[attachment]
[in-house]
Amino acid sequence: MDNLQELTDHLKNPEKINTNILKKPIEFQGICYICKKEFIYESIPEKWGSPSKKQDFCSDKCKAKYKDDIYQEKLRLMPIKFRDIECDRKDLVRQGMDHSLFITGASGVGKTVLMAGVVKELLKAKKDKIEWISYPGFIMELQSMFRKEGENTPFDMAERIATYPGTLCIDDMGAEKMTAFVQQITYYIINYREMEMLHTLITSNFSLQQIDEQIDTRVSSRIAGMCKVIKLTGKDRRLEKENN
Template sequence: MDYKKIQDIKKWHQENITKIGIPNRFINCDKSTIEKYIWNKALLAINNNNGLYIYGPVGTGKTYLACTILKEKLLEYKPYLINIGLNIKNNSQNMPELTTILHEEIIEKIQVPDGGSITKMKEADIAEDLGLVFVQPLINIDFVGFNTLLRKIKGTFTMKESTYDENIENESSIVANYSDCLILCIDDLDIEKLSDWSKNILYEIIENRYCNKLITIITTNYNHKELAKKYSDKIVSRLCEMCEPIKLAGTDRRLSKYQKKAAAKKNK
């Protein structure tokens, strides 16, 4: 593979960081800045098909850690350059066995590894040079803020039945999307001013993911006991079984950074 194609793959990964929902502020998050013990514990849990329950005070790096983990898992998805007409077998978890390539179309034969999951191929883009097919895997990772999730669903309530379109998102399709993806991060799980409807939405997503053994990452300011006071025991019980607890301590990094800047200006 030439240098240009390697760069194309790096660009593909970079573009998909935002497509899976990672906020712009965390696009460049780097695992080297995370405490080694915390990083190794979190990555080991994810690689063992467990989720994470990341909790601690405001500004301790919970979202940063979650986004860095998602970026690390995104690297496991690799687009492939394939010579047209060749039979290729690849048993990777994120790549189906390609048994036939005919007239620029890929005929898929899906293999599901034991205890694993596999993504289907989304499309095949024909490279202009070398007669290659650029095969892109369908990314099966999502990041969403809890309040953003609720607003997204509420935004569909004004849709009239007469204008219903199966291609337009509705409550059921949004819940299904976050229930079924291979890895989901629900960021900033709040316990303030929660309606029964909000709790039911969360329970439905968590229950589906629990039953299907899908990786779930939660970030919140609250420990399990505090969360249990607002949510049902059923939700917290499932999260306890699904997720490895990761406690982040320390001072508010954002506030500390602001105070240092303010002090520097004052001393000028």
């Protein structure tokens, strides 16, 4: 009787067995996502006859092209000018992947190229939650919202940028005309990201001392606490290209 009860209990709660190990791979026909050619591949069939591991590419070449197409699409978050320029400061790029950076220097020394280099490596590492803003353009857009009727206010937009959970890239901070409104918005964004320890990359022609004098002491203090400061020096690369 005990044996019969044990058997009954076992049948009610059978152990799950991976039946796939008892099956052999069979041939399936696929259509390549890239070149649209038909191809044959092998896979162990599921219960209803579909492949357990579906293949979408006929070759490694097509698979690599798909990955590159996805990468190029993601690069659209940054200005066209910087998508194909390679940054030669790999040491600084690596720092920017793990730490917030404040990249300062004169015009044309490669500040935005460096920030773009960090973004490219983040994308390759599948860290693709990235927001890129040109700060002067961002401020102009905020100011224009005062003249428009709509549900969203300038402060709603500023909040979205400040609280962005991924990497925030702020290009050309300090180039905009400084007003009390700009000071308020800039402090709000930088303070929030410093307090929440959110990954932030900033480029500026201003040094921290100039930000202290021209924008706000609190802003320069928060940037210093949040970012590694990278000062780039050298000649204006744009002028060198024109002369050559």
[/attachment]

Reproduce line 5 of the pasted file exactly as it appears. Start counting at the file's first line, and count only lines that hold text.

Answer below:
């Protein structure tokens, strides 16, 4: 009787067995996502006859092209000018992947190229939650919202940028005309990201001392606490290209 009860209990709660190990791979026909050619591949069939591991590419070449197409699409978050320029400061790029950076220097020394280099490596590492803003353009857009009727206010937009959970890239901070409104918005964004320890990359022609004098002491203090400061020096690369 005990044996019969044990058997009954076992049948009610059978152990799950991976039946796939008892099956052999069979041939399936696929259509390549890239070149649209038909191809044959092998896979162990599921219960209803579909492949357990579906293949979408006929070759490694097509698979690599798909990955590159996805990468190029993601690069659209940054200005066209910087998508194909390679940054030669790999040491600084690596720092920017793990730490917030404040990249300062004169015009044309490669500040935005460096920030773009960090973004490219983040994308390759599948860290693709990235927001890129040109700060002067961002401020102009905020100011224009005062003249428009709509549900969203300038402060709603500023909040979205400040609280962005991924990497925030702020290009050309300090180039905009400084007003009390700009000071308020800039402090709000930088303070929030410093307090929440959110990954932030900033480029500026201003040094921290100039930000202290021209924008706000609190802003320069928060940037210093949040970012590694990278000062780039050298000649204006744009002028060198024109002369050559």